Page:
How to Find Matching Paint Colors from a Photo Online

Jane Rix/

It’s easy to take a physical object to a paint store and match the color. But what if you like a color in an Instagram photo? It’s trickier, but we’ll show you how to match paint colors to digital images.

The low-tech approach to this situation is to display the photo on your phone and compare it to the paint chips in the store. It can certainly work, but it’s not an exact science. For more accurate color matching, we’ll have to go a little further.

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Set color

The first thing we need to do is set the color you found in a digital image. Colors in digital images are represented by six-digit “hexadecimal codes”. “RGB” and “CMYK” are other ways to define colors in digital form.

All of these different values ​​just tell your device screen how to create the color it should display. Discovering these values ​​allows us to convert the digital color to actual paint colors. We will use hexadecimal codes for our purposes.

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Once you have the image that contains the color you want, go to in a web browser. Select “Browse” or paste the image URL into the text box to get started.

Upload an image to scan.

Once the image is uploaded, click or tap anywhere on the image to select a color. The color will be displayed at the top with the hexadecimal code in the “HEX” box. Save this code.

Select a color to see the hex code.

Match the color

With the hex code in hand, we can now access a website called Encyclopedia. Enter the hexadecimal code in the search field and click “Search”.

Enter the hex code and click "Research."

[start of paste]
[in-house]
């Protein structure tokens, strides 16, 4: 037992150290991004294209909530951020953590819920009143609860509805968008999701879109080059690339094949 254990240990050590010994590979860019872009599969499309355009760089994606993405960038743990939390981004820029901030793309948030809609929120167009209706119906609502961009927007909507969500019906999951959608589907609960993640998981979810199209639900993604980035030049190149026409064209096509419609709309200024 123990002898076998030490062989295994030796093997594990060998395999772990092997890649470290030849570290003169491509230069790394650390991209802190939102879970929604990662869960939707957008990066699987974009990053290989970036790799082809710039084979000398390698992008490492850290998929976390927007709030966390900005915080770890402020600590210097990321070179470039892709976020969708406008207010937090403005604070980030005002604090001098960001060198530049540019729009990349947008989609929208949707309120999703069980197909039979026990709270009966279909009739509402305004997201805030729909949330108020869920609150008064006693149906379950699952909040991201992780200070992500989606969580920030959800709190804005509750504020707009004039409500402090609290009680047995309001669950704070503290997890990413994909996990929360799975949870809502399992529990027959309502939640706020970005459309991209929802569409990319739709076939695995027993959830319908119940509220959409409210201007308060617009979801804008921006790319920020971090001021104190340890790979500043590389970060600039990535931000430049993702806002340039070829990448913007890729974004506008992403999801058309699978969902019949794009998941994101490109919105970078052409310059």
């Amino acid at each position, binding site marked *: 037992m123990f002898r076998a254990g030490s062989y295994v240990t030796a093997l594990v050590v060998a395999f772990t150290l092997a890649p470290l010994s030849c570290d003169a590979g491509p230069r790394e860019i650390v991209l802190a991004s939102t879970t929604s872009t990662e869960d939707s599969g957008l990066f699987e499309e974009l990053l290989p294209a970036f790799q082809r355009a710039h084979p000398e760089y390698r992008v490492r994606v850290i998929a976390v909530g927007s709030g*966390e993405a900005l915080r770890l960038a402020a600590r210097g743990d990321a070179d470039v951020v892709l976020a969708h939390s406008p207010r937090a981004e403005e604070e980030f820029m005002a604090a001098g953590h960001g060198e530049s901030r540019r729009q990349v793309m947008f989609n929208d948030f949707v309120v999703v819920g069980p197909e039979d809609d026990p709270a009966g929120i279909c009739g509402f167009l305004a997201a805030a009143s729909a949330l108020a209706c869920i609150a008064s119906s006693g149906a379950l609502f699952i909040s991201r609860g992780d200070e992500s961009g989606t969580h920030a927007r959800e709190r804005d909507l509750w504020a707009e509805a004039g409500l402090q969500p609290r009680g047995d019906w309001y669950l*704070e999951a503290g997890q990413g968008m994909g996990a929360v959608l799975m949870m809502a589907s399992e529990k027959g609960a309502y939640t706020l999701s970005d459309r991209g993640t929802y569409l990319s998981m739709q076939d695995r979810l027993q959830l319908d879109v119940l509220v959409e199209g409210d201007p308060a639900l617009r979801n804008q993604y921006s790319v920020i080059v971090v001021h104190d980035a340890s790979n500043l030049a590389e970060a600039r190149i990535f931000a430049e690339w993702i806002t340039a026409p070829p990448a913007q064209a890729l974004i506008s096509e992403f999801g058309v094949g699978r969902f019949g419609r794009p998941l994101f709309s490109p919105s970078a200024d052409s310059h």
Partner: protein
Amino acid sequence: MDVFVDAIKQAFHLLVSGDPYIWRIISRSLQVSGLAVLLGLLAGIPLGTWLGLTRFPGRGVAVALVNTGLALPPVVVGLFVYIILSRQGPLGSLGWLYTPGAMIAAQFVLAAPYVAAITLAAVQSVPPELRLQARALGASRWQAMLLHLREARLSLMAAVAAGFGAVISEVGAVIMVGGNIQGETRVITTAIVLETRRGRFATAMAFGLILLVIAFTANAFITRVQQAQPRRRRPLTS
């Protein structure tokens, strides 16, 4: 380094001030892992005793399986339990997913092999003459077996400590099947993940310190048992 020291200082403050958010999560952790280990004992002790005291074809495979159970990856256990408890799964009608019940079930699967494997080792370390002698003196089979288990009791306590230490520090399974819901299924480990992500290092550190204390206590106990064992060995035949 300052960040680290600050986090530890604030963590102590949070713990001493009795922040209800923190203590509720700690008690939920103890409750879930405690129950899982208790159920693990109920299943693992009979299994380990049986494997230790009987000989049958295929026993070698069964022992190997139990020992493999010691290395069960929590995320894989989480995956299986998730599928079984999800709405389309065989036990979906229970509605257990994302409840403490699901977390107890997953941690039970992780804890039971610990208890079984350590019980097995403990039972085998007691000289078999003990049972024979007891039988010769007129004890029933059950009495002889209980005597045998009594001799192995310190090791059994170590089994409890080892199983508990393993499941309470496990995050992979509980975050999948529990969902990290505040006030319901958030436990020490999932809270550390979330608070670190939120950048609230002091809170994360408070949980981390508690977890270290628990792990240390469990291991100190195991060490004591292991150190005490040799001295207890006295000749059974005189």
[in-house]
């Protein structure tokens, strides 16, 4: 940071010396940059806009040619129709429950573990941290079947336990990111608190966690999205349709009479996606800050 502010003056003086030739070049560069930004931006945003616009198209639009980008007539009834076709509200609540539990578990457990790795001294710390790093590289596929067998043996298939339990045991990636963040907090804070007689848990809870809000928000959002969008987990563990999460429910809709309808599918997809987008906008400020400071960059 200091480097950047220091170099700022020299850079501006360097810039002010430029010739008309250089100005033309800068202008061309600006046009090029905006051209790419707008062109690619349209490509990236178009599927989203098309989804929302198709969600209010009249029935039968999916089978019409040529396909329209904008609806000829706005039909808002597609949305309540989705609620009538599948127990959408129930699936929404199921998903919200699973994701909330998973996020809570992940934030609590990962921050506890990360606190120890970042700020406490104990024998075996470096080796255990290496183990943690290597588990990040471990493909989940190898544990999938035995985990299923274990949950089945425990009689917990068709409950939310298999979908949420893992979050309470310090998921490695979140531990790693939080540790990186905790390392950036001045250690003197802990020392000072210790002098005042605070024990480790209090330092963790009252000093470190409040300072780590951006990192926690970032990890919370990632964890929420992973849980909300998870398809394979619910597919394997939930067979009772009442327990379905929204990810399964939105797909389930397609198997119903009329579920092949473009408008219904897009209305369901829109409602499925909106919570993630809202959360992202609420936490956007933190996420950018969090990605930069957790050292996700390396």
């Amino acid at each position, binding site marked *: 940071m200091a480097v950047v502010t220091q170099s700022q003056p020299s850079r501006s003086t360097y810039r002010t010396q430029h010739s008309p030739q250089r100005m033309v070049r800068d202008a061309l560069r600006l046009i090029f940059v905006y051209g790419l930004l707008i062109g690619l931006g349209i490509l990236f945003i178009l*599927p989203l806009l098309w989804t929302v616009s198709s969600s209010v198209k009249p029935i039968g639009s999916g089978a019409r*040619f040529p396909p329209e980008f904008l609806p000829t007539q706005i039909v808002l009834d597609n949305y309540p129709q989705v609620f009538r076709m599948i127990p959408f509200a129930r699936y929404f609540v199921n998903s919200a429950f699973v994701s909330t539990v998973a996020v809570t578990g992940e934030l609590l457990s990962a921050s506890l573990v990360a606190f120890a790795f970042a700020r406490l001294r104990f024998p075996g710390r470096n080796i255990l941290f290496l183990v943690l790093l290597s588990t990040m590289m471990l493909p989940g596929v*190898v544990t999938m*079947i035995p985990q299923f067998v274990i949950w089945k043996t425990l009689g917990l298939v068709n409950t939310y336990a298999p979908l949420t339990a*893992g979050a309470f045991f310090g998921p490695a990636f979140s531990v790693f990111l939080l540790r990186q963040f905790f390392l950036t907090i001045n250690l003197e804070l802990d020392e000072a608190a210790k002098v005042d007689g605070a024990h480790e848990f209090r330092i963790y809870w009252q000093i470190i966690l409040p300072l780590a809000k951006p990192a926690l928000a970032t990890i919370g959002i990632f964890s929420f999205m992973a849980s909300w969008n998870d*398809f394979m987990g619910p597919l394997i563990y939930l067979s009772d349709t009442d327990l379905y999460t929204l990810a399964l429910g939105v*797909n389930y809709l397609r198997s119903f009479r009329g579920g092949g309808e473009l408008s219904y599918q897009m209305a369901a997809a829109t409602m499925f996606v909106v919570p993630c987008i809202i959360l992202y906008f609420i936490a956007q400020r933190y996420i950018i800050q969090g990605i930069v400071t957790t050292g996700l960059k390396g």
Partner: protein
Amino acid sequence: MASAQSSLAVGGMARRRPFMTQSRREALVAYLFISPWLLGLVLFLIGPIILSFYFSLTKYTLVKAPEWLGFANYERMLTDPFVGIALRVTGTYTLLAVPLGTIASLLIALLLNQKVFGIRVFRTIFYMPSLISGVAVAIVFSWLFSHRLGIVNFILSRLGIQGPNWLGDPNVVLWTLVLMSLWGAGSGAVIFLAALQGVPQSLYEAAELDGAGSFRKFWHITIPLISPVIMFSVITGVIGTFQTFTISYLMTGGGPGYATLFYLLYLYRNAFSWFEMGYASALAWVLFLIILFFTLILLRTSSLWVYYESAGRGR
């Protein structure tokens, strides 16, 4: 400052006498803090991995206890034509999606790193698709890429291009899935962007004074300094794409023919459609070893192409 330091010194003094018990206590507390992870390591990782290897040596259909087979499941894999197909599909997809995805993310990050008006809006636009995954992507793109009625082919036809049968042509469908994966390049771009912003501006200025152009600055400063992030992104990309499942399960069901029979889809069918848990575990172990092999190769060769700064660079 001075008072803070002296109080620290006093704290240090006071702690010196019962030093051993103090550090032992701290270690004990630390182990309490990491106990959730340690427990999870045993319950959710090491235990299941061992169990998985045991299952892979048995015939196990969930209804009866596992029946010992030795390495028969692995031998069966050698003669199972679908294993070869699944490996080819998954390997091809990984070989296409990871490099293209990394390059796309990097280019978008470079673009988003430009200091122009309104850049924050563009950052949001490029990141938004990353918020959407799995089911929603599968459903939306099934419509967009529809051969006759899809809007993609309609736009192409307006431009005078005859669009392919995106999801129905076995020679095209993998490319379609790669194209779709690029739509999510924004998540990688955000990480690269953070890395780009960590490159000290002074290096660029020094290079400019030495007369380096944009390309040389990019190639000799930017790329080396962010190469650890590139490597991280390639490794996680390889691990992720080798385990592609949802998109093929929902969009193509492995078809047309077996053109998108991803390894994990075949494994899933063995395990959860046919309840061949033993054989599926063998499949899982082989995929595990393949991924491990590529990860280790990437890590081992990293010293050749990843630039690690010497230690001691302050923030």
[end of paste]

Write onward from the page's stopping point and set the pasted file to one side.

At the top of the page you will see color information. You can click “Buy paint that matches this color” to see the closest paint color found.

Click the buy paint button.

You will be redirected to another website. In this case, the color is close to a Benjamin Moore paint color called “Traditional Yellow”. You can go to the paint store and find that paint chip or have an employee search for it.

Closest paint color.

There is usually no exact match between hex code and paint color. As you can see, the Benjamin Moore hex code is slightly different than what I entered. For more choices, go back to the previous page on Encycolorpedia and scroll down to see “Associated Named Colors”.

"Associated named colors" section.

If the original paint color is not close enough to your taste, you can select one of them and try “Buy paint in this color” again.

Try a new color.

Again, there probably won’t be an exact match to the color in the image. Paint colors don’t have as much variety as digital colors. However, by trying a few variations, you should be able to find a fairly close color.

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Jack C. Nugent